I am looking to export some agricultural produce from Kenya to India. Our client has asked for us to deliver the good CIF and will pay 100% when we produce the bill of lading, invoice etc once the produce is loaded into containers. I am not sure but someone else suggested that we should send goods FOB.
Can anyone throw some light on how this works and what path we should take.
Gaurav, incoterms are related to the transfer of risk and responsibility rather than payment – that’s more of a contractual issue. FOB would see risk transferred from you to you buyer as the container crosses the ships rail, and that is where your responsibility would end, Seafreight and insurance would be for your buyer.
With CIF, you as the seller would be responsible for the cost of freight and insurance to the “named place” which would be either the arrival port or the buyers premises (usually the port so that your buyer is responsible for the inland transport).
Paying once the goods are loaded on sight of the bill of lading is pretty standard.
So it all depends what you want to pay for as far as the freight is concerned – if you have a good freight forwarder who covers the route use them by all means and ship CIF, if your buyer has a good forwarder ship FOB.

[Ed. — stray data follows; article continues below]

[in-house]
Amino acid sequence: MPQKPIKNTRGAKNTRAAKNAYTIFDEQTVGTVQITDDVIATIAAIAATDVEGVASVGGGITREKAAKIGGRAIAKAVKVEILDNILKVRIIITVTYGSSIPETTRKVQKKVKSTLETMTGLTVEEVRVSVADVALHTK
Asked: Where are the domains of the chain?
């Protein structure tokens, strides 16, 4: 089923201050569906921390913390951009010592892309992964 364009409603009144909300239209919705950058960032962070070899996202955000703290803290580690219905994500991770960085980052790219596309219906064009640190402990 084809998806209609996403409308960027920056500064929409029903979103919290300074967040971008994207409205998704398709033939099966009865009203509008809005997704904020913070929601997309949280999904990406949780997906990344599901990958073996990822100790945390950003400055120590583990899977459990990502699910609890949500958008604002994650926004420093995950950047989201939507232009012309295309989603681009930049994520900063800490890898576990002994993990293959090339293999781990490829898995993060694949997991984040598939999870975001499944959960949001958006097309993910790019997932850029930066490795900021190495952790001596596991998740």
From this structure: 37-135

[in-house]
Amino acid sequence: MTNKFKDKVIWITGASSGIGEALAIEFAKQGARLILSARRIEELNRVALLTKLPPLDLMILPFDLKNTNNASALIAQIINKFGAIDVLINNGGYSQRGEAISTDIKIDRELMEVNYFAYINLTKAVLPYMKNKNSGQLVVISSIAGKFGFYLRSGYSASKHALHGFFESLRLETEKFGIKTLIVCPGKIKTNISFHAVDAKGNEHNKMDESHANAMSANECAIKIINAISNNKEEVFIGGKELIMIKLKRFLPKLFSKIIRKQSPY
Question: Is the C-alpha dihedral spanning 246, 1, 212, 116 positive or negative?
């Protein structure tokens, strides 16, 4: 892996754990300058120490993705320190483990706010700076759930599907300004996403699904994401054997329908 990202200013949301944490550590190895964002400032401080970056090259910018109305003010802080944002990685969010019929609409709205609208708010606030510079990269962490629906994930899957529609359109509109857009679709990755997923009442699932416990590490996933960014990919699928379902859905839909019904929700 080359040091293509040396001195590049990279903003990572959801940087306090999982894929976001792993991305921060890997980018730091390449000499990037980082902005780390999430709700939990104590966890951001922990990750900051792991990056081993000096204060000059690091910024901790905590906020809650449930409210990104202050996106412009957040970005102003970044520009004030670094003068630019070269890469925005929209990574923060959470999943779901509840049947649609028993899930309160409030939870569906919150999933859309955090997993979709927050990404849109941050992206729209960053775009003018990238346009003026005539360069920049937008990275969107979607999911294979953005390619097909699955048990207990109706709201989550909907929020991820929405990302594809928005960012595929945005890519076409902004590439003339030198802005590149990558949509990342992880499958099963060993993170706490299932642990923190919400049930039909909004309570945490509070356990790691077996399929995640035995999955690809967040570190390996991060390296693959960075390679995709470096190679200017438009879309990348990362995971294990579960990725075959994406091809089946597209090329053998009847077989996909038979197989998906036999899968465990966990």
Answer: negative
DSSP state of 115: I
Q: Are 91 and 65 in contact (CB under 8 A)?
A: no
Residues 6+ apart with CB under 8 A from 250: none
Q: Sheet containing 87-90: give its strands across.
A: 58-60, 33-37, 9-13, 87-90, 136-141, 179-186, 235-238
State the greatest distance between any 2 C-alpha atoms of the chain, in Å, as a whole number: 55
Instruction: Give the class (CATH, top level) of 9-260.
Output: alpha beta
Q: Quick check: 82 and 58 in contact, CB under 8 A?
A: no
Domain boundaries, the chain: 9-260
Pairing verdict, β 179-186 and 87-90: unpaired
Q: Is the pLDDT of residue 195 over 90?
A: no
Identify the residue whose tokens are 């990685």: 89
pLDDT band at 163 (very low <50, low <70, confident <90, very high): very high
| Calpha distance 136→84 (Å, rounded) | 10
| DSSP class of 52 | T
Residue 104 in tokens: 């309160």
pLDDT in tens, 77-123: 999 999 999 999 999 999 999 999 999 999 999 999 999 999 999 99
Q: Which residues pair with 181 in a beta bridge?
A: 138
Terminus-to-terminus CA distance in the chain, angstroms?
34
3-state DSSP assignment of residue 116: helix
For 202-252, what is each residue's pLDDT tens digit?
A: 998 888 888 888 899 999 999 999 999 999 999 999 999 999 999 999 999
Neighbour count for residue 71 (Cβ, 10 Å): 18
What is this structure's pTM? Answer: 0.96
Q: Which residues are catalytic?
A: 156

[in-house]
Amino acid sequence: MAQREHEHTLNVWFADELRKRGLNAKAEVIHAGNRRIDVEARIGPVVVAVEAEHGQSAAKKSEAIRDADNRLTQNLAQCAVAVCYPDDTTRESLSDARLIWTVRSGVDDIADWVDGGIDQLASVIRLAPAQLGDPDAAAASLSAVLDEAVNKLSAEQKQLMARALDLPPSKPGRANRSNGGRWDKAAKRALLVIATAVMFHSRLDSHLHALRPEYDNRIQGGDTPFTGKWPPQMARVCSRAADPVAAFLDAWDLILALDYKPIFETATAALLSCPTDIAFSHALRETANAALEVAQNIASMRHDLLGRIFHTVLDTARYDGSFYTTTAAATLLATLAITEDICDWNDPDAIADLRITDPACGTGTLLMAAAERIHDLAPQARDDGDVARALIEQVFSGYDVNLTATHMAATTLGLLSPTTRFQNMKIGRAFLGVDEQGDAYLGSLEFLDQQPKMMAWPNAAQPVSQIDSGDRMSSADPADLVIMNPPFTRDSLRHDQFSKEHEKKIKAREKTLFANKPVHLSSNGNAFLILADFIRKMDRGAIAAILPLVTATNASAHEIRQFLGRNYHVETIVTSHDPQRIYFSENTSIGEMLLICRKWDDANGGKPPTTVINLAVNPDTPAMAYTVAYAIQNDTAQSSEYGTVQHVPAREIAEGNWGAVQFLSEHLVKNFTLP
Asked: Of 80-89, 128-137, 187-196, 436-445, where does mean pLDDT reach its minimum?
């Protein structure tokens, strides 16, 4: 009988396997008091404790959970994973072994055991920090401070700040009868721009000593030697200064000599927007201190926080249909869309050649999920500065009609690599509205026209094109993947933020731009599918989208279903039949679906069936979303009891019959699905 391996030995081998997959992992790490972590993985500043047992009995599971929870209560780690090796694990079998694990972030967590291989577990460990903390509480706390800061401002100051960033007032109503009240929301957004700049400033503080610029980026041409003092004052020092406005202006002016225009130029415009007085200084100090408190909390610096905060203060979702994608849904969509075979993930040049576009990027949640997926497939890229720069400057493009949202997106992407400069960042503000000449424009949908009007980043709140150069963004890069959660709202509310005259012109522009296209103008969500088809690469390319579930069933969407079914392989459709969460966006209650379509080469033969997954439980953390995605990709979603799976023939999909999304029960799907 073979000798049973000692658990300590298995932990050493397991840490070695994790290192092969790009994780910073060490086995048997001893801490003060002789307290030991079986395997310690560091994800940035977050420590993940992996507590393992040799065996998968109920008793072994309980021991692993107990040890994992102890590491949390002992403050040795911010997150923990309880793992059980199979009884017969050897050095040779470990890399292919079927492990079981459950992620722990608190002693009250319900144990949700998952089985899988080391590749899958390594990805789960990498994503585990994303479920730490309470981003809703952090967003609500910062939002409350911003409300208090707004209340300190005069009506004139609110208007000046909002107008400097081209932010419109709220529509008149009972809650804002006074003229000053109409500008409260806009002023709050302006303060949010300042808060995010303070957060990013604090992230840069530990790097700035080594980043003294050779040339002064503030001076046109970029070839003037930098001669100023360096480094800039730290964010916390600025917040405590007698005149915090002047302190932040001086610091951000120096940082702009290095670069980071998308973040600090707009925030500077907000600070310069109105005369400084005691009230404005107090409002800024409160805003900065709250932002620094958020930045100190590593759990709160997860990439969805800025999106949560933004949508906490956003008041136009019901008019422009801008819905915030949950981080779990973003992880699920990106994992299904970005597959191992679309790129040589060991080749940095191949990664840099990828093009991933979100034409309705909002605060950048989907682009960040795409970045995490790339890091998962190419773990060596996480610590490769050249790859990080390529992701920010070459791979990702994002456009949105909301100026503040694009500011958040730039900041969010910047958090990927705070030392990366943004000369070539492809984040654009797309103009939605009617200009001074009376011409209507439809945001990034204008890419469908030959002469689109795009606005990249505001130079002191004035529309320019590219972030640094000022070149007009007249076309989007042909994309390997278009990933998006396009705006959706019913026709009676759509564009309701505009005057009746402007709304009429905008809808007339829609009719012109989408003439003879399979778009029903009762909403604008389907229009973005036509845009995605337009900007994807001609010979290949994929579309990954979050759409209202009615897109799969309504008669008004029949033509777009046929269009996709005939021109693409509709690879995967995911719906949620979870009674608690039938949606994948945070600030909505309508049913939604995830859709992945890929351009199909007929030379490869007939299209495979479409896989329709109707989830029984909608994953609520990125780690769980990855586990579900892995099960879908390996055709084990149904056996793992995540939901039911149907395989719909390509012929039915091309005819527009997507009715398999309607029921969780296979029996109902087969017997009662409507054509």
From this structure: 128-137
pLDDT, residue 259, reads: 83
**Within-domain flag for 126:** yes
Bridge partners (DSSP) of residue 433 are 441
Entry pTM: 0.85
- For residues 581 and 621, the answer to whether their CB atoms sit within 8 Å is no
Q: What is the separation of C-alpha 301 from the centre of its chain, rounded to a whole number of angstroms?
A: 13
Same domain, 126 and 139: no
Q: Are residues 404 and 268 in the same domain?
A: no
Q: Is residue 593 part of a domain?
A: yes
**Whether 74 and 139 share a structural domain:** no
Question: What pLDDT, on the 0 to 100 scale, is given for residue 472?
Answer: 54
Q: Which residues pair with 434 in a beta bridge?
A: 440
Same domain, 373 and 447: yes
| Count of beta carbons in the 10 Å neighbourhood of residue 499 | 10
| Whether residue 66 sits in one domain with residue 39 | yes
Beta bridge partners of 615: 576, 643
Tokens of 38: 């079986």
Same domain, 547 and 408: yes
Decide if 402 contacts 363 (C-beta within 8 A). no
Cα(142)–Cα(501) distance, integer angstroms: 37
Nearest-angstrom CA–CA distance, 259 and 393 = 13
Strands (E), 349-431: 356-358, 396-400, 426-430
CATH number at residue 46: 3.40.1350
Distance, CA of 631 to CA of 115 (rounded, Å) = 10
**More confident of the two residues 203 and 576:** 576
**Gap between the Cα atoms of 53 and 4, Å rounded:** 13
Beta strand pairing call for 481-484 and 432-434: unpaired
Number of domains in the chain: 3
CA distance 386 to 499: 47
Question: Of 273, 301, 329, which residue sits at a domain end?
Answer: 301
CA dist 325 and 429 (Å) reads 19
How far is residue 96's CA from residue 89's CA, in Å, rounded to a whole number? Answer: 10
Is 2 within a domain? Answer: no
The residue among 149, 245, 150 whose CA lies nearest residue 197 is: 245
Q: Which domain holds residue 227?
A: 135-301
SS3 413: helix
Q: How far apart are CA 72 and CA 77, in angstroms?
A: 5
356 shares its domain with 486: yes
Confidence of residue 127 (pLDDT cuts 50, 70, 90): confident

David is correct with the above statement and it is very subjective what set of terms you use.
If you want i have an easy guide to terms that i share with my new customers which are confused or unsure about what terms to use.
Drop me an email (firstname.lastname@example.org) and ill gladly send you a copy.
3rd Floor, Centenary House, Centenary Way, Manchester, M50 1RF
Tel: +44 (0) 161 786 2200 | Direct: +44(0) 161 786 7566 | Mobile: +44 (0) 7876 861760
In addition to the advice kindly offered by Stephen and David here, we do have a couple of good articles here on the site about Incoterms which may help:
If these don’t answer your query, let me know and I’ll see if any of our community of experts might be able to help further.